Asian Stock Markets Have Become Anti-Correlated

The consensus has egg on its face with respect to Chinese stocks. It wasn’t supposed to be this way. Entering this year, one of the big concerns—and the primary reason for China’s ugly multi-year bear market—was the country’s destiny with a “4-handle” on gross domestic product (GDP) growth.

Now, stocks are melting up, and the repricing is for mid-5% growth in Q2. During the 10% growth days, this would have devastated, but with the real estate implosion a well-known quantity, a “GDP fiver” is a relief. An impressive surge in Chinese stocks has taken hold.

Interestingly, China’s up-and-down moves have been greeted with indifference by regional rivals, namely India and Japan. The CliffsNotes: Over the last year, those two markets were rallying, flying really, while China was in freefall. Now that China is “on,” Indian and Japanese stocks are paying no attention. In the eyes of an asset allocator, this anti-correlation is manna from heaven, should it persist.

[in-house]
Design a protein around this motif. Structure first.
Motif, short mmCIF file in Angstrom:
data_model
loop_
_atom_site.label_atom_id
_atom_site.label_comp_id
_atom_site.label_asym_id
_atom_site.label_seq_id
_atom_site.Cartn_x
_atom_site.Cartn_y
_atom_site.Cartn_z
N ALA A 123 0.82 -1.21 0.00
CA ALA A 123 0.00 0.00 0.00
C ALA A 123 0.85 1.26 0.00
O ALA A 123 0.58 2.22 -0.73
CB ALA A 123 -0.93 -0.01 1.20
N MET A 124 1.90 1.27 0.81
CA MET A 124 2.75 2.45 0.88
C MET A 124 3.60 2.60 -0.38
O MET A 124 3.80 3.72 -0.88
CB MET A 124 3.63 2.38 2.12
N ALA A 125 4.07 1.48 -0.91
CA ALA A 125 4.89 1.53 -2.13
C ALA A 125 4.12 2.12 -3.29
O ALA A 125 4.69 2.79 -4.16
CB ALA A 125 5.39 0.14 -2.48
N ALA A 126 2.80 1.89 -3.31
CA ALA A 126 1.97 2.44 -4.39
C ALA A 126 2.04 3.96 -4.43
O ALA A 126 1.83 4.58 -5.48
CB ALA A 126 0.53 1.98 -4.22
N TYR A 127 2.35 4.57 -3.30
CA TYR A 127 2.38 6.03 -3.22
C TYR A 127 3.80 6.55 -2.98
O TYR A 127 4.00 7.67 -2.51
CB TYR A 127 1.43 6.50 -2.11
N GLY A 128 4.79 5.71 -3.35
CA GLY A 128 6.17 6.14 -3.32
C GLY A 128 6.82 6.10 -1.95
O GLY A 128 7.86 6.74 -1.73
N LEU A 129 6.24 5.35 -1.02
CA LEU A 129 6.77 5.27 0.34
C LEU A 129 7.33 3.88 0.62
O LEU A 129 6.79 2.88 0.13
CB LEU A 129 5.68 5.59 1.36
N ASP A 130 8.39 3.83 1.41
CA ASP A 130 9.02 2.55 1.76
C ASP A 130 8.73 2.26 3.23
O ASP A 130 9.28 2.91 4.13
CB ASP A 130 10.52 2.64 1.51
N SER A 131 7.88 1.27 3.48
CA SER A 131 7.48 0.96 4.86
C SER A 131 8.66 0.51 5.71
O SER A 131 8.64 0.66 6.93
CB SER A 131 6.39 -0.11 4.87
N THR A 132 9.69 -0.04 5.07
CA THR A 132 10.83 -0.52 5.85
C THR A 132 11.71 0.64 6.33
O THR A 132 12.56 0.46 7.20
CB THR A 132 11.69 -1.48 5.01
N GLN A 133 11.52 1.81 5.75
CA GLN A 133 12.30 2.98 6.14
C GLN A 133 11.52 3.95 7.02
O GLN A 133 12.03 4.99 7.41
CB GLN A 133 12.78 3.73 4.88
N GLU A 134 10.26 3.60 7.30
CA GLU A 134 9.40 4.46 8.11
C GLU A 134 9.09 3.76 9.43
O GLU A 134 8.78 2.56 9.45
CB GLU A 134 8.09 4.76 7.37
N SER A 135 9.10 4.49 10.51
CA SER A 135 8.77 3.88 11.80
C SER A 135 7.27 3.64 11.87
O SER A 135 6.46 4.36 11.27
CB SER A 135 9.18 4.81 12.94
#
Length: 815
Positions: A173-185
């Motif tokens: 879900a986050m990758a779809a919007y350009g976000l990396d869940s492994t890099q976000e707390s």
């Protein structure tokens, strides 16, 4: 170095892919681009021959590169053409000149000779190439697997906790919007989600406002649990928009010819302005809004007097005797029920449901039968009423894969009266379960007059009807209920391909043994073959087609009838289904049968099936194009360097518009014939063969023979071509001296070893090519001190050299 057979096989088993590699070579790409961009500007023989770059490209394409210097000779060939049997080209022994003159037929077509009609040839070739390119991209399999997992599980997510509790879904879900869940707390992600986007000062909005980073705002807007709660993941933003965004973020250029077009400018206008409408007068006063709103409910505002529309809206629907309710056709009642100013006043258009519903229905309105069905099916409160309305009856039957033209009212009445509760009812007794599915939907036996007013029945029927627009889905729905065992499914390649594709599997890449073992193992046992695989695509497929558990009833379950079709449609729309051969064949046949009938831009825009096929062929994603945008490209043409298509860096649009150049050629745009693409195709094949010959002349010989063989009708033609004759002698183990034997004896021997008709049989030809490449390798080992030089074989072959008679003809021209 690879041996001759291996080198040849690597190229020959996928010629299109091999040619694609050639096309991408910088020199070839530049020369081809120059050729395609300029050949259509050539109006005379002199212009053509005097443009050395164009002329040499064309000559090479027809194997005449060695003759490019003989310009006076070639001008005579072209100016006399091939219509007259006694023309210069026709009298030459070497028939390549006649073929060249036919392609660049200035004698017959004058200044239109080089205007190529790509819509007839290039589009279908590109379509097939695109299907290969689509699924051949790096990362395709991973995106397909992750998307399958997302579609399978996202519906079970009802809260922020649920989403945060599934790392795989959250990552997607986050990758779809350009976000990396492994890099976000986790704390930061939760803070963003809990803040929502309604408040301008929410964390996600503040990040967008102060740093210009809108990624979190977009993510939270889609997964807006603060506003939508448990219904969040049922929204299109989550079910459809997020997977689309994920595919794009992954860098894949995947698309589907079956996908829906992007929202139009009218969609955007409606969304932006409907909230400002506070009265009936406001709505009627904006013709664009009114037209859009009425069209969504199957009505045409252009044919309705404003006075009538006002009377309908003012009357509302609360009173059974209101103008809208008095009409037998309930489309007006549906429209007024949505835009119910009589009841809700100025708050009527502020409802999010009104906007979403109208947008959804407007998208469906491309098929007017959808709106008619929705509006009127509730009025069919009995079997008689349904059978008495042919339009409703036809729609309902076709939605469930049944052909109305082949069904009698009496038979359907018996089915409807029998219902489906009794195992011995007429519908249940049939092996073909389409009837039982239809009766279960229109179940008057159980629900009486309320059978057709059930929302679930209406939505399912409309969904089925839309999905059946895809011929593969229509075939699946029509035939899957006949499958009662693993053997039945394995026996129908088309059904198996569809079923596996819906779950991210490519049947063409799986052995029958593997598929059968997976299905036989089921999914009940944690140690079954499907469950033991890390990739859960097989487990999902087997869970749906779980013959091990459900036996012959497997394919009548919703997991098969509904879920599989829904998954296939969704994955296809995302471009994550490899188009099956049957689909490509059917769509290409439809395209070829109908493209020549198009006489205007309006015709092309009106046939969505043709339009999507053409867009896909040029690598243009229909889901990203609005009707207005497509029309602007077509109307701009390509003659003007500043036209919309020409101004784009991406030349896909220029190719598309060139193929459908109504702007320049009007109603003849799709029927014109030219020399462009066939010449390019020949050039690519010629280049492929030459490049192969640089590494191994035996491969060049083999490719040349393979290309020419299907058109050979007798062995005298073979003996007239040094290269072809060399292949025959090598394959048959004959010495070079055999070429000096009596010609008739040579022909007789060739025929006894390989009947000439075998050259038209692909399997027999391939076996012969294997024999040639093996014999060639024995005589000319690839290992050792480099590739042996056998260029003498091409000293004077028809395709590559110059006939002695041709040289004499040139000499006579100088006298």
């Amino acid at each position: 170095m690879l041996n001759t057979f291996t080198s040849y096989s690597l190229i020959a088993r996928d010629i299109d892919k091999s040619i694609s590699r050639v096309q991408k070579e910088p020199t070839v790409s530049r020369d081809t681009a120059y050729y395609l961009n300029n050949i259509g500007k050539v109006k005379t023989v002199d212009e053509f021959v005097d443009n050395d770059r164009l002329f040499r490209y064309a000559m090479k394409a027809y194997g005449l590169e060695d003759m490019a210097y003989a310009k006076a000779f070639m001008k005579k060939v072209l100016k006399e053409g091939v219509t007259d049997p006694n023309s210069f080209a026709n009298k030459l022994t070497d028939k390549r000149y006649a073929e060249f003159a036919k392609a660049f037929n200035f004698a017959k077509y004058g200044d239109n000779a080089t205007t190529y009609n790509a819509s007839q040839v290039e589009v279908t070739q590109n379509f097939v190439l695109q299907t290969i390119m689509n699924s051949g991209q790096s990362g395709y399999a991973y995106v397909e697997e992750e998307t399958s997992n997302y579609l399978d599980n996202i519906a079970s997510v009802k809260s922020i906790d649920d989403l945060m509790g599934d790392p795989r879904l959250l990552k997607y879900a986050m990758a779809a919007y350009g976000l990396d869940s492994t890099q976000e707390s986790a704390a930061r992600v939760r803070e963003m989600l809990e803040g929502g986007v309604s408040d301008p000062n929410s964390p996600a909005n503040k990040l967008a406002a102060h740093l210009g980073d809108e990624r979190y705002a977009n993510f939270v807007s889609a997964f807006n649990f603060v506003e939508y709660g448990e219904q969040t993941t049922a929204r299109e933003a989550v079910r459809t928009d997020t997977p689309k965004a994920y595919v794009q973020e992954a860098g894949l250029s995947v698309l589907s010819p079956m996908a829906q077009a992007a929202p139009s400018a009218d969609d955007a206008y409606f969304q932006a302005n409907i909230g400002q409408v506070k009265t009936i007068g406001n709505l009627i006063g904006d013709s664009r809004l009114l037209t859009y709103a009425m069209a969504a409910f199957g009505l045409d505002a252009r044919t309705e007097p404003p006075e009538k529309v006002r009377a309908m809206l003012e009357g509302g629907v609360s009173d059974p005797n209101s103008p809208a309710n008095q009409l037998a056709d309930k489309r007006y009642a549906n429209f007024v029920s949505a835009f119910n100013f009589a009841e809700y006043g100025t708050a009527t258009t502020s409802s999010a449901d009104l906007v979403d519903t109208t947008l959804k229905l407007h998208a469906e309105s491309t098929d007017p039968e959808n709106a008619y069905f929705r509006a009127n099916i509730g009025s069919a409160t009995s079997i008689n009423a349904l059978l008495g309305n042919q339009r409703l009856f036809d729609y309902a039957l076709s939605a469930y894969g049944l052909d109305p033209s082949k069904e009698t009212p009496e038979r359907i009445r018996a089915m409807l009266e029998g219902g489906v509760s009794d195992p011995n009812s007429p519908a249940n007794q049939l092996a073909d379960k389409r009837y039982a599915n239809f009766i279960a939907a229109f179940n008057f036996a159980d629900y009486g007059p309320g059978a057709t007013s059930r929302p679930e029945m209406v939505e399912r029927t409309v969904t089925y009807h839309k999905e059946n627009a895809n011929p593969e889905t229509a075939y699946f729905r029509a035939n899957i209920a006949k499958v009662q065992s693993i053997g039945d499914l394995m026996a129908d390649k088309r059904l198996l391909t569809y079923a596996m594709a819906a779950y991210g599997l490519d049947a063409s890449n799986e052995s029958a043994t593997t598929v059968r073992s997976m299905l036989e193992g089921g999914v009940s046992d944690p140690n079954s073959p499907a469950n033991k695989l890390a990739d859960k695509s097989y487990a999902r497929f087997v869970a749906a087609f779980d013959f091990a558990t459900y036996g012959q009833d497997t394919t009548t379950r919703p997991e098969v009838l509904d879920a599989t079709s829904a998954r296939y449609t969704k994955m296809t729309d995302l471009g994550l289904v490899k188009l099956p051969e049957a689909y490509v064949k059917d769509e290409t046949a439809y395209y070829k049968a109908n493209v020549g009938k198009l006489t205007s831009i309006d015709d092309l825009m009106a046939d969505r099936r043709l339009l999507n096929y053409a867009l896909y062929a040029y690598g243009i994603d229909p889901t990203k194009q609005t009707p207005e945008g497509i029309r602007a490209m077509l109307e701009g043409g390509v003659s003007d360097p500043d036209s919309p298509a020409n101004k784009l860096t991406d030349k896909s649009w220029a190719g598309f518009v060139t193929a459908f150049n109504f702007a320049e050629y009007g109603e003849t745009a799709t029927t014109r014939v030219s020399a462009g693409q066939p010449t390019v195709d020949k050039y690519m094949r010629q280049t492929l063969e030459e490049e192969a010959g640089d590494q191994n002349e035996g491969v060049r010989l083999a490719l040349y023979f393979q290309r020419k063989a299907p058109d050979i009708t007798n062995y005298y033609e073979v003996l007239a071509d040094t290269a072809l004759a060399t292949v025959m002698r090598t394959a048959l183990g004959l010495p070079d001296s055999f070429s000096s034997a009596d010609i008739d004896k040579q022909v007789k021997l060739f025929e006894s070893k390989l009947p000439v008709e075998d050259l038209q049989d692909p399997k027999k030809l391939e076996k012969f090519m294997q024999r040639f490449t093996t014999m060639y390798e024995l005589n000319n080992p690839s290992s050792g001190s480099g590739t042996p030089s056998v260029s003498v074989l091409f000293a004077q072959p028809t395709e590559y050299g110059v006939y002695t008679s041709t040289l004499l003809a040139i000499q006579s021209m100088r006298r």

Consider the action in the Hang Seng Index of Hong Kong-listed equities. That Index’s last notable peak was July 31 of last year, at 20,011. The tumble was ugly; the low was 15,277 on January 16. Now look at Japan’s Nikkei 225. In that time, the Index ran higher, from 33,476 to 35,478.

Like Japan, India also doesn’t want to correlate with China. The country’s SENSEX Index put together a rally—and a strong one at that—from 66,527 to 73,128 in that July 31-to-January 16 window that saw Chinese equities tanking. The S&P 500 also ignored China; it went from 4,576 to 4,739 in that time.